Activist Faces ‘Torture’ If Extradited From Belarus To Tajikistan
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A group of 11 human rights groups has urged Belarus not to forcibly return a Tajik opposition activist Farhod Odinaev to Tajikistan, where they said he risks torture or other ill-treatment.
Tajikistan's government is known for 'transnational repression,' routinely using politically motivated charges to reach beyond its borders to threaten and detain peaceful dissidents, Steve Swerdlow, senior Central Asia researcher at Human Rights Watch (HRW), said in a statement on October 7.
Odinaev was detained by Belarusian migration authorities at Tajikistan's request on September 25 while on his way to the Polish capital, Warsaw, to attend a human rights conference.
The activist, who holds Tajik and Russian passports, has since been held in the pretrial detention center in the western Belarusian city of Hrodna, pending possible extradition to Tajikistan.
Belarusian rights group Human Constanta has told RFE/RL that Tajik authorities want Odinaev for allegedly being a member of a banned organization.
The activist used to belong to the banned Islamic Renaissance Party (IRPT) and for several months in 2013 led Safo TV, an opposition television channel based in Moscow.
The channel was shut down by Russian authorities the same year.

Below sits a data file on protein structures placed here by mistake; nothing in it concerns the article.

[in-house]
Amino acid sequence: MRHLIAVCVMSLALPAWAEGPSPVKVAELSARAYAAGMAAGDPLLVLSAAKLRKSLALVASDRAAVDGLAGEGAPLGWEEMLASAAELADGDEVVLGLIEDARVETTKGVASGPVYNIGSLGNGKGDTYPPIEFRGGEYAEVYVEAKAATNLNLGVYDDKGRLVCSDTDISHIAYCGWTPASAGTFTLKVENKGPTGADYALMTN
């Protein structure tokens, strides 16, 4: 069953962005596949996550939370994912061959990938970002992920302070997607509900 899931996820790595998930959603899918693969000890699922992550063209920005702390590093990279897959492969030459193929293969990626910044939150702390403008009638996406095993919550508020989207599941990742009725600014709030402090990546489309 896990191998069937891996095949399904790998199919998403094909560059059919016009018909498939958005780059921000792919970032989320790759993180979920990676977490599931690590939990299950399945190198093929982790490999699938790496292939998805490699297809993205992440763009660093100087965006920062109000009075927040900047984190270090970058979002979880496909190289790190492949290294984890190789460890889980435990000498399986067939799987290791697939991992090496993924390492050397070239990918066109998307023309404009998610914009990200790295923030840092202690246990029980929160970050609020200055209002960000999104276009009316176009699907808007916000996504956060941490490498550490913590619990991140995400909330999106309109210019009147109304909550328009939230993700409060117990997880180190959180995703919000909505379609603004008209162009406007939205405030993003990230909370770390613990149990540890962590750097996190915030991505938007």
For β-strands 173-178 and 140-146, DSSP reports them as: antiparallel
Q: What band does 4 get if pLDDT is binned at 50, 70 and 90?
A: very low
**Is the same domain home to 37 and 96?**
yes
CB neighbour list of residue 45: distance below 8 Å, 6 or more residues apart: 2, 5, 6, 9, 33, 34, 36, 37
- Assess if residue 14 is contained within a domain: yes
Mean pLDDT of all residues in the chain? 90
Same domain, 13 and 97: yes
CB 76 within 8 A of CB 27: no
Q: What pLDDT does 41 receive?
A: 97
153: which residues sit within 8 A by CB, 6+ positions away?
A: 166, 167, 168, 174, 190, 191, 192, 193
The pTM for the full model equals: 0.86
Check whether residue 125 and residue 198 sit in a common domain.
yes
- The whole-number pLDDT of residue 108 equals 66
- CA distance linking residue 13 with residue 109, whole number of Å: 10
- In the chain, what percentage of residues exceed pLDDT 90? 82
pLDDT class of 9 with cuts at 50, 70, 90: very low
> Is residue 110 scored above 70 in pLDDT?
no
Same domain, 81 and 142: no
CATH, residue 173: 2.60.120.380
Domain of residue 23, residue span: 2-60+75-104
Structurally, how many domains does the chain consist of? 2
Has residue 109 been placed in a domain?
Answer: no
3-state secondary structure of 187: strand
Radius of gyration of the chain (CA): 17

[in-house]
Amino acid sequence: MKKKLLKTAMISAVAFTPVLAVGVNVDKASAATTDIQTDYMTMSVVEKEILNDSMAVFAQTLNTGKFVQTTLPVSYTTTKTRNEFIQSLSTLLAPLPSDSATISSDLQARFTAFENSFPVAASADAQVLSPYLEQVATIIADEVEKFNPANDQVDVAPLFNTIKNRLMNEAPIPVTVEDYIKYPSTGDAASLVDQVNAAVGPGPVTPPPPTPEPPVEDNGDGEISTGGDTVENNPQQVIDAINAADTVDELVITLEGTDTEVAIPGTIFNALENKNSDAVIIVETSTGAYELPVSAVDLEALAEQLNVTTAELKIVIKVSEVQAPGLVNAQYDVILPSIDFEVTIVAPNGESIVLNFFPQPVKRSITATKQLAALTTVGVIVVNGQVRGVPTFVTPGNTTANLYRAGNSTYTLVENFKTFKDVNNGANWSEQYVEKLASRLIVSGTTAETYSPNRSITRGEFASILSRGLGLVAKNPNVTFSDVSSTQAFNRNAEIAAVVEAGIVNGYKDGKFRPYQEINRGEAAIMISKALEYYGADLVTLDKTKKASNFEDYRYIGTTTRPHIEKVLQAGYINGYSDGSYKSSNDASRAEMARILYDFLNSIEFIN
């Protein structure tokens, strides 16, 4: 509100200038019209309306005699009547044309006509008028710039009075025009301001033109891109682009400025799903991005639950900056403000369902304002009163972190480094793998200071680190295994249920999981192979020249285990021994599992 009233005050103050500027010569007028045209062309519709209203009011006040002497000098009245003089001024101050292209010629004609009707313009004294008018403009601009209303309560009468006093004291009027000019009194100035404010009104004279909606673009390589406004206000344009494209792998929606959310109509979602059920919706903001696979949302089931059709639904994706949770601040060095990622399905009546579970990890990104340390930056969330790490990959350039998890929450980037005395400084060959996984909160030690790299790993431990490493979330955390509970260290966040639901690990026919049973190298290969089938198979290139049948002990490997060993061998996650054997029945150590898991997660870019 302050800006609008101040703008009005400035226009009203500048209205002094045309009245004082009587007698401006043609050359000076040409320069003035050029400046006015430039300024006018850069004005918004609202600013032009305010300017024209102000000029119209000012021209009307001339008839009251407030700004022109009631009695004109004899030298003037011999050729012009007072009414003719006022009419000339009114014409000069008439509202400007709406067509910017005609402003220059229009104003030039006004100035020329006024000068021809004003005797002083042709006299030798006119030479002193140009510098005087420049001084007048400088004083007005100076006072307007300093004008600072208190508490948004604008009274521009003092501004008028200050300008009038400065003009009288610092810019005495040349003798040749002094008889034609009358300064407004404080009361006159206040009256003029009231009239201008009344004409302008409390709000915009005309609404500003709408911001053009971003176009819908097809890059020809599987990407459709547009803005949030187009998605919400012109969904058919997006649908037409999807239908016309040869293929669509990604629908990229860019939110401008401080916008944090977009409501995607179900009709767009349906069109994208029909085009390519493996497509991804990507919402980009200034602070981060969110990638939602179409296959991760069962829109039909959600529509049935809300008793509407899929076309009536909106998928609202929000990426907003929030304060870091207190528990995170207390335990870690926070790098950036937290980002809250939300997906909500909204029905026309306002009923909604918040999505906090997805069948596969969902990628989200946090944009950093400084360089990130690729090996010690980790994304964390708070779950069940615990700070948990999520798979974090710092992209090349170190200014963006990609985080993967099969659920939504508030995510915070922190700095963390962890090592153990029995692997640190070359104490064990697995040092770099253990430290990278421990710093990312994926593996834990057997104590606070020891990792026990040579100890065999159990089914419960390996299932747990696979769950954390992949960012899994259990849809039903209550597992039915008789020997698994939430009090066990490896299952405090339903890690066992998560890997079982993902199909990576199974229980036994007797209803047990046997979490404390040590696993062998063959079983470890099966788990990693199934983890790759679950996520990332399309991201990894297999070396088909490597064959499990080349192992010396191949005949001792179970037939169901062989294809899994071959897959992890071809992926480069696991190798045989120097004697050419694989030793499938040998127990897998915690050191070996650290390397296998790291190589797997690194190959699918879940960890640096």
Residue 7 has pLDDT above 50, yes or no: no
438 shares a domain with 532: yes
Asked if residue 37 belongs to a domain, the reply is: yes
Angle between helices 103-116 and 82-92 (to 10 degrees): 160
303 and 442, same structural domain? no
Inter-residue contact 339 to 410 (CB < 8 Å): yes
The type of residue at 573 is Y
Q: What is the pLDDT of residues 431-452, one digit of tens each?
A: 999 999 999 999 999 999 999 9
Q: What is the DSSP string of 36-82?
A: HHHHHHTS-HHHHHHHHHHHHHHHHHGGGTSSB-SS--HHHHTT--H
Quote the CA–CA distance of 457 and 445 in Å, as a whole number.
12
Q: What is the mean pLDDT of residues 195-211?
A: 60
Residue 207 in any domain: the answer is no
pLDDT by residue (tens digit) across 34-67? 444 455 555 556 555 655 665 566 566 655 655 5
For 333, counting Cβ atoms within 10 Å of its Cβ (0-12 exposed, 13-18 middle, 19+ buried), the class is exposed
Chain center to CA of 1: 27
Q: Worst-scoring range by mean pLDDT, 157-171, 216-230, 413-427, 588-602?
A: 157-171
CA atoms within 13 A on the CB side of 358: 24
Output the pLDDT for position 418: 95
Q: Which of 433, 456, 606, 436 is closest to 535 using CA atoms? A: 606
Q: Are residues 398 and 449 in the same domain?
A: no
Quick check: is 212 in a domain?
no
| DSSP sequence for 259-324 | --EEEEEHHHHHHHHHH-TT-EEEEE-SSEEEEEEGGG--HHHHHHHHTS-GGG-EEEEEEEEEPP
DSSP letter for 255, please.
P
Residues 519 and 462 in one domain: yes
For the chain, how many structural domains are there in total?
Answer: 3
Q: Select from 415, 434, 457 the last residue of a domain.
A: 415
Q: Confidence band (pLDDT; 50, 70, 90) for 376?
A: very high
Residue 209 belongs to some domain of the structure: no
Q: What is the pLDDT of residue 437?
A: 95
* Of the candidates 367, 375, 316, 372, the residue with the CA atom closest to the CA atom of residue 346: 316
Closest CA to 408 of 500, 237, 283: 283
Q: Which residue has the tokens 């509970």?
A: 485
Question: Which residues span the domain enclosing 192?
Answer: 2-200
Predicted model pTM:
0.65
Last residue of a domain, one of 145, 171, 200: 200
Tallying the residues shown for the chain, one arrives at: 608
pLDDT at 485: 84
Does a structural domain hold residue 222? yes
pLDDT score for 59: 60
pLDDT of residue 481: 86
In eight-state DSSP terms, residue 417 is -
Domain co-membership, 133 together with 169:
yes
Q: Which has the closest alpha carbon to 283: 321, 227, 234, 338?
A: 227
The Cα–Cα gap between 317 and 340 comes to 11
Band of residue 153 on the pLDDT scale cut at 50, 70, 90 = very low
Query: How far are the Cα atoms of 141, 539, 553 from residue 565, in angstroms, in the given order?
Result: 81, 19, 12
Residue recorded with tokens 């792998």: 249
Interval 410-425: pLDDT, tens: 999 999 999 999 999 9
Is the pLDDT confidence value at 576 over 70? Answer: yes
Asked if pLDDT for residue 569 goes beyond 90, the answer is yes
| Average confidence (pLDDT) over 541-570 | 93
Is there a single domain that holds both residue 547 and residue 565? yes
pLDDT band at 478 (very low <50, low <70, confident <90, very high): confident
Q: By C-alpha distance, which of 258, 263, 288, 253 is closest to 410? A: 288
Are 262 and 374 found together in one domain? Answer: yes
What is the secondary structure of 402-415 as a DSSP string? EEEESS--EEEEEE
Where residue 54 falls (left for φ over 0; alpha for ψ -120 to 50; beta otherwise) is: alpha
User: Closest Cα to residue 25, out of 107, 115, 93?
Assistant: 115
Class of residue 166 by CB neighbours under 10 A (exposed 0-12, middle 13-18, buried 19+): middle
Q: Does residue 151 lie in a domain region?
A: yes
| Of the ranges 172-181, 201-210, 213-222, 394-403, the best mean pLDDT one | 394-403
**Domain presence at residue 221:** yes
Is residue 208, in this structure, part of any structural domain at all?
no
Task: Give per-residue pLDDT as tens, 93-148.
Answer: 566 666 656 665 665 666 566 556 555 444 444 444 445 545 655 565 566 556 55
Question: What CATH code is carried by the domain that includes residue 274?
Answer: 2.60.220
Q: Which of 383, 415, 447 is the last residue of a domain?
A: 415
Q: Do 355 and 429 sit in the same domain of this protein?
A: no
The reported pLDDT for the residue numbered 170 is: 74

The IRPT, long an influential party with representatives in the government and parliament, was labeled an extremist and terrorist group and banned in 2015 -- moves the party and human rights groups say were unjustified and politically motivated.
Dozens of IRPT officials and supporters have been prosecuted and many of them imprisoned, drawing further criticism of President Emomali Rahmon's government from rights groups.
Marius Fossum, regional representative of the Norwegian Helsinki Committee in Central Asia, said the United States, the European Union, and all of Belarus's international partners should press Minsk not to extradite Odinaev to a risk of torture and should publicly voice serious concern over Tajikistan's crackdown on freedom of expression.
Odinaev faces a high risk of torture if returned to Tajikistan, said Nadejda Atayeva, president of the Association for Human Rights in Central Asia (AHRCA). No technical assurances Dushanbe could provide to the contrary will suffice given its terrible record on torture.
Rights groups say Rahmon, who has ruled Tajikistan since 1992, has used the security forces and other levers of power to sideline opponents and suppress dissent.
Along with HRW, AHRCA, and the Norwegian Helsinki Committee, the 11 groups calling for Odinaev's release also include Amnesty International, the Association for Central Asian Migrants, Civil Rights Defenders, Freedom House, Freedom Now, Human Constanta, Human Rights Center Viasna, and Reporters Without Borders.
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